So, you’ve prepared everything you can to create an impressive presentation. Whether it was finding the perfect topic, conducting thorough research or even understanding your audience demographics. You even practiced for what seemed like the millionth time, making sure you’ve calmed your nerves and stage fright so you can perform your best on stage. But, there’s a problem. Almost every speaker is doing what you did.
This may not necessarily be a bad thing, but have you ever wondered what you can do to stand out from your competitors? The answer is none other than rhetorical devices.
As cliché as it might sound, rhetorical devices are the art of language. We can’t deny how much rhetorical devices can help to enhance your presentation. Not only will it help to make your presentation much more memorable and engaging for the audience, it will also definitely be able to grab their attention.
In this article, we have prepared a list of rhetorical devices that you can incorporate so that your presentations can have that edge:
1. Rhetorical questions
Rhetorical questions are used to lay emphasis on certain points of the presentation. Even though it may have an obvious answer, no answer is expected from the audience.
I’m certain many of you have subconsciously used this phrase ‘Who cares?’ when you’re speaking. This is a rhetorical question to show that nobody actually cares. Sounds pretty harsh doesn’t it? However, that’s the main purpose of a rhetorical question, to place extra emphasis on a point.
Many presenters make use of rhetorical questions either at the start or end of the presentation.
If you wish to use it in the beginning of your speech. It will leave the audience pondering about the question which will then make them anticipate for the answer afterwards.
If you choose to use this device at the end, it will often lead to a call to action from your audience.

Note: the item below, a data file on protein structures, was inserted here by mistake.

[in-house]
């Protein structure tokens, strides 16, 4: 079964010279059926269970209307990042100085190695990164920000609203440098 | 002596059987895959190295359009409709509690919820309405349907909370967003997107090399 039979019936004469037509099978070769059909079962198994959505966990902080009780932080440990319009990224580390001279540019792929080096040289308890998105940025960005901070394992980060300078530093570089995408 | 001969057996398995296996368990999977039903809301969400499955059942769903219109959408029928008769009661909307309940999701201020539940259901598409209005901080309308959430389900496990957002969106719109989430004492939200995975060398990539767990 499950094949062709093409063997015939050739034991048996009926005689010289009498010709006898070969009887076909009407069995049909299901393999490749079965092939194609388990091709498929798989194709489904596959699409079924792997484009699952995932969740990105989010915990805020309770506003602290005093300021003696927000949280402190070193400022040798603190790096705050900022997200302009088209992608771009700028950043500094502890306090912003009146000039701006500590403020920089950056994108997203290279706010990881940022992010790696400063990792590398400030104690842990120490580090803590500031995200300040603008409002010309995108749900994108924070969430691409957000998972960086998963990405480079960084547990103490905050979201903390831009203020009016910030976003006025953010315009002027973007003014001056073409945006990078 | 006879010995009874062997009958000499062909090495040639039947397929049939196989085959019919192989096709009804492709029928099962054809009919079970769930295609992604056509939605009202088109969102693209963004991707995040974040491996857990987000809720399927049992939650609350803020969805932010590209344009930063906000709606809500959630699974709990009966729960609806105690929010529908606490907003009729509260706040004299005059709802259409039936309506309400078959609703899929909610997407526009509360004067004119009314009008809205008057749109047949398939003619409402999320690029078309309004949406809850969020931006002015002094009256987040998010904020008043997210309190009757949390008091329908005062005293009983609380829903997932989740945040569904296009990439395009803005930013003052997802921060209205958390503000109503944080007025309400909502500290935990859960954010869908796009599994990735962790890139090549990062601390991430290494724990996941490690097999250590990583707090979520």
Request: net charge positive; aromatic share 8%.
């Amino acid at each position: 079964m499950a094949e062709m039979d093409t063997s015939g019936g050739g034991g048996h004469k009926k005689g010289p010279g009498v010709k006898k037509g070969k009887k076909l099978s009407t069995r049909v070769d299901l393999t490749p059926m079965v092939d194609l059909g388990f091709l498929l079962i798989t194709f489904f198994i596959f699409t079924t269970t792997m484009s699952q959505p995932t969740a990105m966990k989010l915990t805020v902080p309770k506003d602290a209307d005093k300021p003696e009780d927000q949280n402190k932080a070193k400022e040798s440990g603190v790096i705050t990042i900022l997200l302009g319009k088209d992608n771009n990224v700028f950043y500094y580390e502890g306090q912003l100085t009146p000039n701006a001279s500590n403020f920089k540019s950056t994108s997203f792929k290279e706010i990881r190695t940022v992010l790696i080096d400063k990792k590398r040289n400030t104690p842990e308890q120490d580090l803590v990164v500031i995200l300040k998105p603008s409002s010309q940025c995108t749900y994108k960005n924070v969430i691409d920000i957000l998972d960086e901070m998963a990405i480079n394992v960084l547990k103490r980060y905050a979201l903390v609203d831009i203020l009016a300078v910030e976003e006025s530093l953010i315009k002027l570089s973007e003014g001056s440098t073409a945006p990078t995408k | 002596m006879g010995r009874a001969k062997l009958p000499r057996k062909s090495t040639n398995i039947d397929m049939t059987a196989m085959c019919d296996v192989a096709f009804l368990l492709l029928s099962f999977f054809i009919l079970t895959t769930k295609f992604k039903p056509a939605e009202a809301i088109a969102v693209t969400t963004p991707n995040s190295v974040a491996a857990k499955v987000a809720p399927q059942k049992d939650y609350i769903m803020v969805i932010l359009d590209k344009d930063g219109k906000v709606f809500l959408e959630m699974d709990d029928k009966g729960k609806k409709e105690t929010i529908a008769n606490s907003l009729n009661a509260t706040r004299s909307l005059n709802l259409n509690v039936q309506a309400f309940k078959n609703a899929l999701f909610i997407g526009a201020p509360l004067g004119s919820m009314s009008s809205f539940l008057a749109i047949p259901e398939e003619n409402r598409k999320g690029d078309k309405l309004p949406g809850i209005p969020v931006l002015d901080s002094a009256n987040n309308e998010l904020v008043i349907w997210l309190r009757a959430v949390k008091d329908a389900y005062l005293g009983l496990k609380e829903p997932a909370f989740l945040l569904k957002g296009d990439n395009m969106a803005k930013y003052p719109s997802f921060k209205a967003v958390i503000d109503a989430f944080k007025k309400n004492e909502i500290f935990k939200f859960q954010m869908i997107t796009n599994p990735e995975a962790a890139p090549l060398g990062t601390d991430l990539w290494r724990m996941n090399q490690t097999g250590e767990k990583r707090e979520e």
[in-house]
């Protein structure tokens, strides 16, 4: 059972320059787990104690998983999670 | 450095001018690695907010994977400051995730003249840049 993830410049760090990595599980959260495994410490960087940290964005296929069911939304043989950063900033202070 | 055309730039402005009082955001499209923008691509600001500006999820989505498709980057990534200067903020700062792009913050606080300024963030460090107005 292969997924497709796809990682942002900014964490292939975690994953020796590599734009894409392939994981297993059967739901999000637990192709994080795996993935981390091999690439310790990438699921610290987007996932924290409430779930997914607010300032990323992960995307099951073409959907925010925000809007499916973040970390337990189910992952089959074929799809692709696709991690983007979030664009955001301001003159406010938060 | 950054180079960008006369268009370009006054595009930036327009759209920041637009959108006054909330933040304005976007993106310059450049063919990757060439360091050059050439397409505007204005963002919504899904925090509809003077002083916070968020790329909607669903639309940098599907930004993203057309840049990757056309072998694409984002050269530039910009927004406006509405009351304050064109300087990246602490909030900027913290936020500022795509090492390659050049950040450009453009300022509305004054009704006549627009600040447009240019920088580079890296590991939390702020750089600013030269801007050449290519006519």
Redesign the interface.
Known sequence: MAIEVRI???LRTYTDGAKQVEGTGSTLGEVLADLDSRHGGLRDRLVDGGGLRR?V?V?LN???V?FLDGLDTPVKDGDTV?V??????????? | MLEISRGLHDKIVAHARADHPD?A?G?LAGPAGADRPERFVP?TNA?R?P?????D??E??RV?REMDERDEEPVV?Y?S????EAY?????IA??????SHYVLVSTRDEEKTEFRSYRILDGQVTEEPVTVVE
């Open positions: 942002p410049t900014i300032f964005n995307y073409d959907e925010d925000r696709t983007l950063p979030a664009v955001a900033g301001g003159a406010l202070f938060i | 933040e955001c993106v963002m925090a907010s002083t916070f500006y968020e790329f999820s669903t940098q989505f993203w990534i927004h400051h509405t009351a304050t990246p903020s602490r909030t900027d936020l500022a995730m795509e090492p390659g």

Also known as the rule of three, Tricolon consists of three parallel words or phrases which are placed next to each other without any interruption. The purpose of tricolon is to add a sense of wholeness, and empowerment to the presentation.
Here’s an example of a speech by Abraham Lincoln, ‘… Government of the people, by the people, for the people, shall not perish from the earth.’
Many speakers across the globe make use of tricolon to conclude their presentation. Another example would be from Mark Antony’s famous speech from Shakespeare’s Julius Caesar – ‘Friends, Romans, Countrymen. Lend me your ears’.
Not only does it create a humorous effect, it is also effective in helping the audience remember the key message of your presentation. That way, they are sure to take away something from your presentation.
Alliteration is a stylistic literary device, which occurs when a number of words with the same first consonant sound are placed close together in a sentence. The use of alliteration not only helps to create a musical effect that enhances the pleasure of listening to a speech, it also creates a poetic flow to the presentation.
For example: If you are conducting a presentation on being environmentally friendly, you can make use of the famous alliteration, ‘Reuse, Reduce and Recycle’.
Another example are brands like ‘Coca Cola’ and ‘PayPal’. These brands make use of alliteration in their brand name so that it can be easily remembered by their consumers which may help to enhance sales.